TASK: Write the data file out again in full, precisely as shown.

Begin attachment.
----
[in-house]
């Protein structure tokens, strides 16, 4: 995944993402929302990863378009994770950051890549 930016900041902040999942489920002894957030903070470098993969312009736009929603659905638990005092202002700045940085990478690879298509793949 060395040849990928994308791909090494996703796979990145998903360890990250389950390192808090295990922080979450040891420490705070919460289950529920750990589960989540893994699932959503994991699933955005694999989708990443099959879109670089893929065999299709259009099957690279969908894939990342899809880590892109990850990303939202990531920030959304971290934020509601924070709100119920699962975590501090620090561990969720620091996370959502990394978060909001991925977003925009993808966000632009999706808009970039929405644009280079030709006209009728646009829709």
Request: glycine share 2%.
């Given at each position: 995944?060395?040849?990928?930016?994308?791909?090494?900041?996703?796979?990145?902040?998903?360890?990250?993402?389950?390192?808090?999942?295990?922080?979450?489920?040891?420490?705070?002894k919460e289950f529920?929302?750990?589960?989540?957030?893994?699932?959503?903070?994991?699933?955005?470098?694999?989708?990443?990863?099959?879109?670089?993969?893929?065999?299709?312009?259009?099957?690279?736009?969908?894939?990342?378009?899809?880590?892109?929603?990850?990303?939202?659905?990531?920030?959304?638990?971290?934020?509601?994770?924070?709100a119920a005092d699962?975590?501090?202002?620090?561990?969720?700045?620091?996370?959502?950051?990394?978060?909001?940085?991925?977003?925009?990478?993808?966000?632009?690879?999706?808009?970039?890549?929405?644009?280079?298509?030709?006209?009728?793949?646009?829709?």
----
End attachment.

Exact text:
[in-house]
């Protein structure tokens, strides 16, 4: 995944993402929302990863378009994770950051890549 930016900041902040999942489920002894957030903070470098993969312009736009929603659905638990005092202002700045940085990478690879298509793949 060395040849990928994308791909090494996703796979990145998903360890990250389950390192808090295990922080979450040891420490705070919460289950529920750990589960989540893994699932959503994991699933955005694999989708990443099959879109670089893929065999299709259009099957690279969908894939990342899809880590892109990850990303939202990531920030959304971290934020509601924070709100119920699962975590501090620090561990969720620091996370959502990394978060909001991925977003925009993808966000632009999706808009970039929405644009280079030709006209009728646009829709």
Request: glycine share 2%.
């Given at each position: 995944?060395?040849?990928?930016?994308?791909?090494?900041?996703?796979?990145?902040?998903?360890?990250?993402?389950?390192?808090?999942?295990?922080?979450?489920?040891?420490?705070?002894k919460e289950f529920?929302?750990?589960?989540?957030?893994?699932?959503?903070?994991?699933?955005?470098?694999?989708?990443?990863?099959?879109?670089?993969?893929?065999?299709?312009?259009?099957?690279?736009?969908?894939?990342?378009?899809?880590?892109?929603?990850?990303?939202?659905?990531?920030?959304?638990?971290?934020?509601?994770?924070?709100a119920a005092d699962?975590?501090?202002?620090?561990?969720?700045?620091?996370?959502?950051?990394?978060?909001?940085?991925?977003?925009?990478?993808?966000?632009?690879?999706?808009?970039?890549?929405?644009?280079?298509?030709?006209?009728?793949?646009?829709?």